How fintechs are helping parents fund their children’s education

With schools demanding several months’ fees in advance, parents are turning to fintech startups for loans

Updated - April 25, 2022 01:35 am IST

Published - April 24, 2022 09:59 pm IST

Parents taking their children to school in New Delhi 

Parents taking their children to school in New Delhi  | Photo Credit: File Photo

Venkat Narayan, a software professional based out of Bangalore, found it hard to pay the school fees of his two children, given the school’s insistence on collecting six months’ or even a year’s fees in advance. 

“The school asks me to pay 60% of my children’s yearly fees, which comes to be around Rs 1.2 lakh. I don’t have that kind of surplus cash,” said Mr. Narayan. He couldn’t get this amount as an interest-free loan from banks or friends either. 

That’s when, in the course of exploring his options, he came across a fintech which provided him with the option of paying his children’s fees through no-cost Easy Monthly Installments (EMIs). 

“The flexible payments system, which allows me to decide the date on which I can pay the installment, as well as the option to pay the loan back through no-cost EMIs, came as a godsend for me,” he told The Hindu.

Mr. Narayan is among a growing number of people who are turning towards startup fintechs focused on the education sector, to pay the school and coaching fees of their children.

Gurgaon resident Prabhat Aggarwal had a similar challenge - paying his child’s quarterly advance school fee. 

“Earlier, I had to pay about Rs. 22,000 rupees as advance for my son’s school fee. Now, a no-cost EMI option, provided by a fintech, allows me to pay back this amount as per my convenience,” said Mr. Aggarwal. For him, as for many other salaried employees, who spend around 10% of their income on their children’s education, it makes a lot of sense to break their expenses into smaller chunks, especially given the rising costs of living.

The numbers

As per a survey on ‘Household Social Consumption: Education’ conducted in the National Sample Survey 75th round (July 2017-June 2018), average expenditure per student incurred by a household for basic course was nearly Rs 8,331 for general courses, and Rs 50,307 for technical/professional courses.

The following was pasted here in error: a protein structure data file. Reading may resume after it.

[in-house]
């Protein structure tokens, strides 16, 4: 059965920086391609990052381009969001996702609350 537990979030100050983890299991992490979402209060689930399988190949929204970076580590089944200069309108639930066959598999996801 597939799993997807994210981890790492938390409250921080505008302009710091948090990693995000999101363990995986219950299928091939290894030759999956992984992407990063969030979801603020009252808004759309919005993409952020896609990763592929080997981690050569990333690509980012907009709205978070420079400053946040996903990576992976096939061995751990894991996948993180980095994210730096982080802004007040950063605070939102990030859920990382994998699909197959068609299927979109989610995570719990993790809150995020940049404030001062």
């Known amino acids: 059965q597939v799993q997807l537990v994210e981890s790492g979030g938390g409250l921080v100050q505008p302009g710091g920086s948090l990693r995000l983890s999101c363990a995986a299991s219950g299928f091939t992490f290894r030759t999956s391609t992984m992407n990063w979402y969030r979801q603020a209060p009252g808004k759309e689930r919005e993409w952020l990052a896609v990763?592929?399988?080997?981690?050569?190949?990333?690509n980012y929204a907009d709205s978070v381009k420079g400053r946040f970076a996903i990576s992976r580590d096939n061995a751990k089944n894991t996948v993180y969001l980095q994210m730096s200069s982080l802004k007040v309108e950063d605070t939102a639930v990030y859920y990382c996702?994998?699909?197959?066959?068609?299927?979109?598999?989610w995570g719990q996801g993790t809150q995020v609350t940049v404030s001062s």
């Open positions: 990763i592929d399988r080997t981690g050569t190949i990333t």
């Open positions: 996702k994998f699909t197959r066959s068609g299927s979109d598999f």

The survey further pointed out that 24.3 per cent males and 17.7 per cent females for not attending education was due to ‘financial contraints’. Among those who were enrolled, drop-out rate was as high as 10.6 per cent at primary level, 18.2 per cent at upper primary/middle, 20.8 per cent at secondary level and 6 per cent at graduation.

“In the absence of suitable financial support system and high burden of course fee especially in higher education pushes them out of the education system,” the Economic Survey 2019-20 had said. Students pursuing education in private aided institutions are spending significantly higher as compared to government institutions across rural-urban India, it had said.

Booming business

In recent years, there has been an ever-increasing number of startup-fintechs offering various services to parents to make payment of student’s fees as convenient as possible. Jodo, a fintech start-up, offers flexible fee payment schemes for parents, without charging any interest or convenience fees.

Many other fintechs in this sector, such as ‘Propelld’, ‘Financepeer’, ‘Eduvanz’ etc., offer a similar experience through their personalised financial models.

Making tech work

Explaining why schools have begun to ask for fees in larger, advance installments, Atulya Bhat, one of the founders of ‘Jodo’ a fintech startup, said schools with small admin and finance teams find it difficult to handle numerous transactions if they give the multiple installments option to the parents of every student. 

He gave the analogy of a school with 2000 kids collecting monthly fees. “Per year, there could be over 20,000 transactions; the school will have to communicate about these transactions to parents; collect the fees, send reminders for payment and painstakingly follow up for each delayed payment,” he said. 

Varun Chopra, CEO of ‘Eduvanz’, which provides education loans for skill-based training, said with the outbreak of COVID, there was a lot of financial uncertainty as a result of which, “a lot of students and parents started holding back the pre-payment for their courses.” His company has financed 100,000 plus applications since its inception in 2016. 

Several other companies have become popular in this segment within a short span of time. Rohit Gajbhiye, CEO and founder of ‘Financepeer’, claims his company has provided financing solutions to close to 35 lakh students and parents since it was founded in 2017. 

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